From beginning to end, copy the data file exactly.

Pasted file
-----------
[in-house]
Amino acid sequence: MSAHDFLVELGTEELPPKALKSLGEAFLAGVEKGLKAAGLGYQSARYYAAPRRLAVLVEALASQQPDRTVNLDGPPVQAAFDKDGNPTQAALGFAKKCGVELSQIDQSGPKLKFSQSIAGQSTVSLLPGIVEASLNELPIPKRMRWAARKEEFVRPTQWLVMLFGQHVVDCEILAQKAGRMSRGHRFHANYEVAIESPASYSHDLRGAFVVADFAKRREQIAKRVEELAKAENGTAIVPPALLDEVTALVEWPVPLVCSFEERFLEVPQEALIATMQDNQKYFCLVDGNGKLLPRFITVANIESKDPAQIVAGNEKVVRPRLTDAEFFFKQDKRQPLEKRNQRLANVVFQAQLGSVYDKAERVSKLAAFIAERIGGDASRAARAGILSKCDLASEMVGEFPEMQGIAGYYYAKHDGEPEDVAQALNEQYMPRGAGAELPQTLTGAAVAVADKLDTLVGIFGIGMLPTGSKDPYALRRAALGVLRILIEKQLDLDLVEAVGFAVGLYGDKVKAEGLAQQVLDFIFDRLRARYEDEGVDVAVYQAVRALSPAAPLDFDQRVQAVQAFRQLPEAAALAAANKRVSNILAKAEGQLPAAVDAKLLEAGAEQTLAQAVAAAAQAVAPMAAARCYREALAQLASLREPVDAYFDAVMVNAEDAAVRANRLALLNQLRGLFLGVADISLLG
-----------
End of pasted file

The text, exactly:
[in-house]
Amino acid sequence: MSAHDFLVELGTEELPPKALKSLGEAFLAGVEKGLKAAGLGYQSARYYAAPRRLAVLVEALASQQPDRTVNLDGPPVQAAFDKDGNPTQAALGFAKKCGVELSQIDQSGPKLKFSQSIAGQSTVSLLPGIVEASLNELPIPKRMRWAARKEEFVRPTQWLVMLFGQHVVDCEILAQKAGRMSRGHRFHANYEVAIESPASYSHDLRGAFVVADFAKRREQIAKRVEELAKAENGTAIVPPALLDEVTALVEWPVPLVCSFEERFLEVPQEALIATMQDNQKYFCLVDGNGKLLPRFITVANIESKDPAQIVAGNEKVVRPRLTDAEFFFKQDKRQPLEKRNQRLANVVFQAQLGSVYDKAERVSKLAAFIAERIGGDASRAARAGILSKCDLASEMVGEFPEMQGIAGYYYAKHDGEPEDVAQALNEQYMPRGAGAELPQTLTGAAVAVADKLDTLVGIFGIGMLPTGSKDPYALRRAALGVLRILIEKQLDLDLVEAVGFAVGLYGDKVKAEGLAQQVLDFIFDRLRARYEDEGVDVAVYQAVRALSPAAPLDFDQRVQAVQAFRQLPEAAALAAANKRVSNILAKAEGQLPAAVDAKLLEAGAEQTLAQAVAAAAQAVAPMAAARCYREALAQLASLREPVDAYFDAVMVNAEDAAVRANRLALLNQLRGLFLGVADISLLG